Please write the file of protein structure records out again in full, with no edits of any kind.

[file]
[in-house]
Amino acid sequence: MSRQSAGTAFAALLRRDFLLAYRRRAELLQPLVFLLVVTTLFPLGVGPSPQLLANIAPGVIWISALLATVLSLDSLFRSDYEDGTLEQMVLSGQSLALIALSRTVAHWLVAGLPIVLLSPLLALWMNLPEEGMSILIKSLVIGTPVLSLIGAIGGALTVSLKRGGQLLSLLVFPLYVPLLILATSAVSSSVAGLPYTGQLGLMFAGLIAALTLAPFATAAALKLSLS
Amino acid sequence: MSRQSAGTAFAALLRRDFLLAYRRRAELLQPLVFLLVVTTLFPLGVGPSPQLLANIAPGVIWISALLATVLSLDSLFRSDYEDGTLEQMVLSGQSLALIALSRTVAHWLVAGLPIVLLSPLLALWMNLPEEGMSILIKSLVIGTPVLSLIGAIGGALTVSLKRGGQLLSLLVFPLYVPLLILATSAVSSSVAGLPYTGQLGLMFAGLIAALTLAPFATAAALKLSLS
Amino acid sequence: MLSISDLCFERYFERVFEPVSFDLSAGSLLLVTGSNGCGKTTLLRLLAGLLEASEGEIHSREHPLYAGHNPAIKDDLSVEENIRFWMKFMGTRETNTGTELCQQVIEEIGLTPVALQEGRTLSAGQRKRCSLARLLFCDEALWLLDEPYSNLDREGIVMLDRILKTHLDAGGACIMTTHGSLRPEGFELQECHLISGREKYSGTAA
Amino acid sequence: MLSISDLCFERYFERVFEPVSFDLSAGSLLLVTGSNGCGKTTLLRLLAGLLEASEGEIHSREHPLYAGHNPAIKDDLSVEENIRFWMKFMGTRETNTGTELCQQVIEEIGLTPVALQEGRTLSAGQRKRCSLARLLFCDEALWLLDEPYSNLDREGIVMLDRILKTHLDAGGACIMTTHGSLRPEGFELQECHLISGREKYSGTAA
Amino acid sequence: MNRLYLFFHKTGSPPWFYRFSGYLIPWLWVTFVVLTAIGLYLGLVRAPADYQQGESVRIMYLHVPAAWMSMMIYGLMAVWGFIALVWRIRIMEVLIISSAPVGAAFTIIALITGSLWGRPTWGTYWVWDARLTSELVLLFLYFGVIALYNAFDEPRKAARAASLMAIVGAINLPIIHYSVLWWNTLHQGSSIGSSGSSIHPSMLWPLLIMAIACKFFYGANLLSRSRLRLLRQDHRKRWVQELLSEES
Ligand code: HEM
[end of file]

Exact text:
[in-house]
Amino acid sequence: MSRQSAGTAFAALLRRDFLLAYRRRAELLQPLVFLLVVTTLFPLGVGPSPQLLANIAPGVIWISALLATVLSLDSLFRSDYEDGTLEQMVLSGQSLALIALSRTVAHWLVAGLPIVLLSPLLALWMNLPEEGMSILIKSLVIGTPVLSLIGAIGGALTVSLKRGGQLLSLLVFPLYVPLLILATSAVSSSVAGLPYTGQLGLMFAGLIAALTLAPFATAAALKLSLS
Amino acid sequence: MSRQSAGTAFAALLRRDFLLAYRRRAELLQPLVFLLVVTTLFPLGVGPSPQLLANIAPGVIWISALLATVLSLDSLFRSDYEDGTLEQMVLSGQSLALIALSRTVAHWLVAGLPIVLLSPLLALWMNLPEEGMSILIKSLVIGTPVLSLIGAIGGALTVSLKRGGQLLSLLVFPLYVPLLILATSAVSSSVAGLPYTGQLGLMFAGLIAALTLAPFATAAALKLSLS
Amino acid sequence: MLSISDLCFERYFERVFEPVSFDLSAGSLLLVTGSNGCGKTTLLRLLAGLLEASEGEIHSREHPLYAGHNPAIKDDLSVEENIRFWMKFMGTRETNTGTELCQQVIEEIGLTPVALQEGRTLSAGQRKRCSLARLLFCDEALWLLDEPYSNLDREGIVMLDRILKTHLDAGGACIMTTHGSLRPEGFELQECHLISGREKYSGTAA
Amino acid sequence: MLSISDLCFERYFERVFEPVSFDLSAGSLLLVTGSNGCGKTTLLRLLAGLLEASEGEIHSREHPLYAGHNPAIKDDLSVEENIRFWMKFMGTRETNTGTELCQQVIEEIGLTPVALQEGRTLSAGQRKRCSLARLLFCDEALWLLDEPYSNLDREGIVMLDRILKTHLDAGGACIMTTHGSLRPEGFELQECHLISGREKYSGTAA
Amino acid sequence: MNRLYLFFHKTGSPPWFYRFSGYLIPWLWVTFVVLTAIGLYLGLVRAPADYQQGESVRIMYLHVPAAWMSMMIYGLMAVWGFIALVWRIRIMEVLIISSAPVGAAFTIIALITGSLWGRPTWGTYWVWDARLTSELVLLFLYFGVIALYNAFDEPRKAARAASLMAIVGAINLPIIHYSVLWWNTLHQGSSIGSSGSSIHPSMLWPLLIMAIACKFFYGANLLSRSRLRLLRQDHRKRWVQELLSEES
Ligand code: HEM